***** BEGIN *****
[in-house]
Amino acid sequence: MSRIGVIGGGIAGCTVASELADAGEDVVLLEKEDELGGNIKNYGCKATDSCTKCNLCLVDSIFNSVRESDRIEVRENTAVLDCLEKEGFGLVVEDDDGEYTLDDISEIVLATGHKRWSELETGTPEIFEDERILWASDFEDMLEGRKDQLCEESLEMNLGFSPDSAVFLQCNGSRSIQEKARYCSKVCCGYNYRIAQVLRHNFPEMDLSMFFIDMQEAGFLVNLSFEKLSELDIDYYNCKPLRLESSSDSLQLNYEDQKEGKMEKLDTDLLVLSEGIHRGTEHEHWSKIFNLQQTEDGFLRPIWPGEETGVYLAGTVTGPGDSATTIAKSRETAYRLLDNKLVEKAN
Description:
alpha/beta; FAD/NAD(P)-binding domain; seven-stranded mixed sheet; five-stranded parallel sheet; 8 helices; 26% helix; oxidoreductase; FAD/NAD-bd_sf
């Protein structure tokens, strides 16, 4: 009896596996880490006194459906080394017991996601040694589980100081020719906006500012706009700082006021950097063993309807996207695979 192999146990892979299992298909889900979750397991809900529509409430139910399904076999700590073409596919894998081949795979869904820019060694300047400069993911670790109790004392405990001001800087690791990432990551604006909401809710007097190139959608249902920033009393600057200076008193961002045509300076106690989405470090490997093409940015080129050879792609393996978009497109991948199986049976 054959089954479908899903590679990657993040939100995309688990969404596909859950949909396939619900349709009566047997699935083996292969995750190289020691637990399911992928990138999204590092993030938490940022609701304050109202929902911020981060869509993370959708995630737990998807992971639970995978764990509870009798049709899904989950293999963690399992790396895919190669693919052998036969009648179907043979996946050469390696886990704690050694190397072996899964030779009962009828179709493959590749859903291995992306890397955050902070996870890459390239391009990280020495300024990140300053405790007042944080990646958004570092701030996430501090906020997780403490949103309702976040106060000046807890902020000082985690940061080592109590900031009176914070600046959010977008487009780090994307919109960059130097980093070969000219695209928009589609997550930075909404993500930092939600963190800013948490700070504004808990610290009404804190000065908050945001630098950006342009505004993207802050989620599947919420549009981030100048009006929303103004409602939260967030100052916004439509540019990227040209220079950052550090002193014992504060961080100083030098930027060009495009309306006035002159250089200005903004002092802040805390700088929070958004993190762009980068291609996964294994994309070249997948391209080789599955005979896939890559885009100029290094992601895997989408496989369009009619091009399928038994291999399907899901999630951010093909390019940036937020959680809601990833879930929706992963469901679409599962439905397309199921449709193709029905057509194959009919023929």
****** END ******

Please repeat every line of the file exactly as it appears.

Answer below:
[in-house]
Amino acid sequence: MSRIGVIGGGIAGCTVASELADAGEDVVLLEKEDELGGNIKNYGCKATDSCTKCNLCLVDSIFNSVRESDRIEVRENTAVLDCLEKEGFGLVVEDDDGEYTLDDISEIVLATGHKRWSELETGTPEIFEDERILWASDFEDMLEGRKDQLCEESLEMNLGFSPDSAVFLQCNGSRSIQEKARYCSKVCCGYNYRIAQVLRHNFPEMDLSMFFIDMQEAGFLVNLSFEKLSELDIDYYNCKPLRLESSSDSLQLNYEDQKEGKMEKLDTDLLVLSEGIHRGTEHEHWSKIFNLQQTEDGFLRPIWPGEETGVYLAGTVTGPGDSATTIAKSRETAYRLLDNKLVEKAN
Description:
alpha/beta; FAD/NAD(P)-binding domain; seven-stranded mixed sheet; five-stranded parallel sheet; 8 helices; 26% helix; oxidoreductase; FAD/NAD-bd_sf
């Protein structure tokens, strides 16, 4: 009896596996880490006194459906080394017991996601040694589980100081020719906006500012706009700082006021950097063993309807996207695979 192999146990892979299992298909889900979750397991809900529509409430139910399904076999700590073409596919894998081949795979869904820019060694300047400069993911670790109790004392405990001001800087690791990432990551604006909401809710007097190139959608249902920033009393600057200076008193961002045509300076106690989405470090490997093409940015080129050879792609393996978009497109991948199986049976 054959089954479908899903590679990657993040939100995309688990969404596909859950949909396939619900349709009566047997699935083996292969995750190289020691637990399911992928990138999204590092993030938490940022609701304050109202929902911020981060869509993370959708995630737990998807992971639970995978764990509870009798049709899904989950293999963690399992790396895919190669693919052998036969009648179907043979996946050469390696886990704690050694190397072996899964030779009962009828179709493959590749859903291995992306890397955050902070996870890459390239391009990280020495300024990140300053405790007042944080990646958004570092701030996430501090906020997780403490949103309702976040106060000046807890902020000082985690940061080592109590900031009176914070600046959010977008487009780090994307919109960059130097980093070969000219695209928009589609997550930075909404993500930092939600963190800013948490700070504004808990610290009404804190000065908050945001630098950006342009505004993207802050989620599947919420549009981030100048009006929303103004409602939260967030100052916004439509540019990227040209220079950052550090002193014992504060961080100083030098930027060009495009309306006035002159250089200005903004002092802040805390700088929070958004993190762009980068291609996964294994994309070249997948391209080789599955005979896939890559885009100029290094992601895997989408496989369009009619091009399928038994291999399907899901999630951010093909390019940036937020959680809601990833879930929706992963469901679409599962439905397309199921449709193709029905057509194959009919023929």